FedEx Autopilot escalates Tesla investigation into emergency vehicle crash

U.S. security regulators have upgraded their investigation into Tesla’s Advanced Driver Assistance System (ADAS), autopilot. NHTSA has now opened an engineering analysis for the security of the feature.

The company first started the track in August 2021, after a series of accidents involving Teslas and emergency vehicles stopping on the side of the road. At that point, it opened a preliminary assessment (PE) on the system. During a PE, the administration takes information submitted by drivers, automakers and other sources and uses it to determine whether a revocation or an engineering analysis is required or whether the case should simply be dropped.

However, it was found that the “crash review identified patterns of system performance and associated driver behavior that enabled the agency to identify areas of engineering search in a variety of situations that would allow this initial assessment to be upgraded to an Engineering Analysis (EA),” according to NHTSA documents.

Read more: US safety regulators launch formal investigation into Tesla autopilot after crash

In addition to the 16 Tesla crashes involving first responders who started the investigation, the NHTSA has looked at 191 other collisions involving autopilots. Of these, 85 were removed for involvement of external factors (e.g., activities of other vehicles). In about half of the remaining 106 cases, it was found that the driver’s operation of the system (too late to prompt the car or doing the wrong thing) was a primary cause of the accident.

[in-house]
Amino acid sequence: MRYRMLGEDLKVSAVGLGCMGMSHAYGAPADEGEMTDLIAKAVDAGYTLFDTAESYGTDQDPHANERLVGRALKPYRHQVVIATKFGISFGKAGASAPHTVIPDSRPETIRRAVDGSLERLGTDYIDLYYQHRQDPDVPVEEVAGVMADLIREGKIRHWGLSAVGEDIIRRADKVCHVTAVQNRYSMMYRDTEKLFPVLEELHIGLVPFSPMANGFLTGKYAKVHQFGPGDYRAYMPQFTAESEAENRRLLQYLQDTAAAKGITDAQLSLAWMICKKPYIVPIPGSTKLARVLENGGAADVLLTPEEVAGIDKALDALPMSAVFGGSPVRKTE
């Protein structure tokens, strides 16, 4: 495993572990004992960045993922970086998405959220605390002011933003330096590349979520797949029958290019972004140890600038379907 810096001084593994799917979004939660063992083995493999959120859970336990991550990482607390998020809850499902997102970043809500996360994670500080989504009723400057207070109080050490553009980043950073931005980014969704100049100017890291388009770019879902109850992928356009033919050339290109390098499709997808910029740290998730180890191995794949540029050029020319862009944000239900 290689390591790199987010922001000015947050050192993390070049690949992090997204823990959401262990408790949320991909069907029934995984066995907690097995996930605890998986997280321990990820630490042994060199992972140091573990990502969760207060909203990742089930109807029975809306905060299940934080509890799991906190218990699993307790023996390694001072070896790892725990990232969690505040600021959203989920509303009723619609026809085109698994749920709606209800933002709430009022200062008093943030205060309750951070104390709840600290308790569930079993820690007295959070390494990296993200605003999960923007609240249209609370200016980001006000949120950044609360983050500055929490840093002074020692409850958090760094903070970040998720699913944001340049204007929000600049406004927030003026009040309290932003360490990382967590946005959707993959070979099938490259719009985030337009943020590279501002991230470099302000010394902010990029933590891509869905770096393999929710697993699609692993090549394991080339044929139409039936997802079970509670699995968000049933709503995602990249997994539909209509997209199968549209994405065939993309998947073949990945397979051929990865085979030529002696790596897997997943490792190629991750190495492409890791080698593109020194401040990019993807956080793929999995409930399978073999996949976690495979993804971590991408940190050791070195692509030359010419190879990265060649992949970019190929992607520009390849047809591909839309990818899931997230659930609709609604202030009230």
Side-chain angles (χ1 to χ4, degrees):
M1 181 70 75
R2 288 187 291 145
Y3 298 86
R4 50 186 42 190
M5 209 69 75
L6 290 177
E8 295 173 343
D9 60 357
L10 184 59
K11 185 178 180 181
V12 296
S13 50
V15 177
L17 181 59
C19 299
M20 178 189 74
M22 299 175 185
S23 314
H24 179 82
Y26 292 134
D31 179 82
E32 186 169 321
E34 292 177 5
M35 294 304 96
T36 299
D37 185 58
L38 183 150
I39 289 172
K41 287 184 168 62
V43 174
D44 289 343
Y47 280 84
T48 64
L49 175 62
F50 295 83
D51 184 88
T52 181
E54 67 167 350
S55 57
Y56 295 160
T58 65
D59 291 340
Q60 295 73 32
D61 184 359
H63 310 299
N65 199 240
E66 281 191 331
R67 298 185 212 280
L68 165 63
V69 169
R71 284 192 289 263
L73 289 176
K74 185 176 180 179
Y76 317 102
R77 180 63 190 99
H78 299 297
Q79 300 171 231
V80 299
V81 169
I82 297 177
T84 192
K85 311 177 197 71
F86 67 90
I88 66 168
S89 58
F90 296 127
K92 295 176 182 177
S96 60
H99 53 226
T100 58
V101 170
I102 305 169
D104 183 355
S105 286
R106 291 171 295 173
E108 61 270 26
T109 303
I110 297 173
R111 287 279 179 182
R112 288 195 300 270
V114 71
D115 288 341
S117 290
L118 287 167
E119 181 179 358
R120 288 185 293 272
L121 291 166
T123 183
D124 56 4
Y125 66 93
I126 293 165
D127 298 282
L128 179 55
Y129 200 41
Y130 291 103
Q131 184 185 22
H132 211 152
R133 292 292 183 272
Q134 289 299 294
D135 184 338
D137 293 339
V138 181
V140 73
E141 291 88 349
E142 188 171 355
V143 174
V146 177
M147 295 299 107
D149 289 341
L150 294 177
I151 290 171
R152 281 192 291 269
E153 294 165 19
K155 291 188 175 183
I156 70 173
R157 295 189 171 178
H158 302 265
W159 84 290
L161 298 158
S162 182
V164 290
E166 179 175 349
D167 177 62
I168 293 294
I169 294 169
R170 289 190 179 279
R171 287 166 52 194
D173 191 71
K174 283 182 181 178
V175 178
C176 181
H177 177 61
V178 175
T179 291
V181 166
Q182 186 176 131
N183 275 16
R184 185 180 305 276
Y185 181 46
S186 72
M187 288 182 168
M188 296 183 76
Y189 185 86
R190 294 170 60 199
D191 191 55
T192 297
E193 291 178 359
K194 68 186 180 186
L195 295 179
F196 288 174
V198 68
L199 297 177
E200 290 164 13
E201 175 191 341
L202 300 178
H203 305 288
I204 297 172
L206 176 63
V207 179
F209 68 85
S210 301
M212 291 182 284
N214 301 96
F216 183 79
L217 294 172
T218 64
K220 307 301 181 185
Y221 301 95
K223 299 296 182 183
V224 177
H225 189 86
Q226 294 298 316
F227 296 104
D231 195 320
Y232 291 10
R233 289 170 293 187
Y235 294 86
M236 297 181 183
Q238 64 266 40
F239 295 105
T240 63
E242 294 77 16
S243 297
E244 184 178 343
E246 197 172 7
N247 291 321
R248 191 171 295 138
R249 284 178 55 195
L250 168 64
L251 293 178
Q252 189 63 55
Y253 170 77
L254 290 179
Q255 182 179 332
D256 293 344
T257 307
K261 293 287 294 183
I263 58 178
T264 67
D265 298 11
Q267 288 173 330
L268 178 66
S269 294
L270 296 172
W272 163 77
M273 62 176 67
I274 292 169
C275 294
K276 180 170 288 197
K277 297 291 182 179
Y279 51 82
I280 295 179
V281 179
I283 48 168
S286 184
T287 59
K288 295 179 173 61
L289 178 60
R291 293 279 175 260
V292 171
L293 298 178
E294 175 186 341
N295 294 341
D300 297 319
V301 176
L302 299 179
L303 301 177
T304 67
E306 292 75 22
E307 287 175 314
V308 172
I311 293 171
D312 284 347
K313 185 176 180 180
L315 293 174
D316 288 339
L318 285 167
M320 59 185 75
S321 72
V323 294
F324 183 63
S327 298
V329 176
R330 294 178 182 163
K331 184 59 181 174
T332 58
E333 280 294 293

Another quarter of accident drivers try to use the autopilot in an environment where, according to the Tesla owner’s manual, there may be system limitations. Details of each accident were found, although the driver’s hand was on the wheel at the last second before the accident.

Similarly, in 16 accidents with first responders, only two of the drivers within five minutes of the accident were given a driver’s busy prompt. This suggests, NHTSA says, that drivers are basically not intentionally abusing the autopilot or sleeping on wheels.

“The use of a driver or misuse of vehicle components, or the unintentional handling of a vehicle does not necessarily preclude a system error,” the NHTSA wrote. “For systems labeled as SAE Level 2 ADAS, important design considerations include the way in which a driver can interact with the system or the previous limitations of driver behavior, intentionally or unintentionally, while such a system is running.”

The regulator added that finding effective ways to keep drivers employed and allowing them to perform their driving duties properly under their supervision is an “important safety consideration”.

From here, NHTSA will look at more data, evaluate vehicles, and “explore the degree to which autopilots and associated Tesla systems may increase humanitarian factors at behavioral safety risks by reducing driver supervision effectiveness.”

Engineering analysis (which NHTSA usually tries to complete within a year) is terminated if either the regulator decides that there are no safety concerns or the automaker starts withdrawing.

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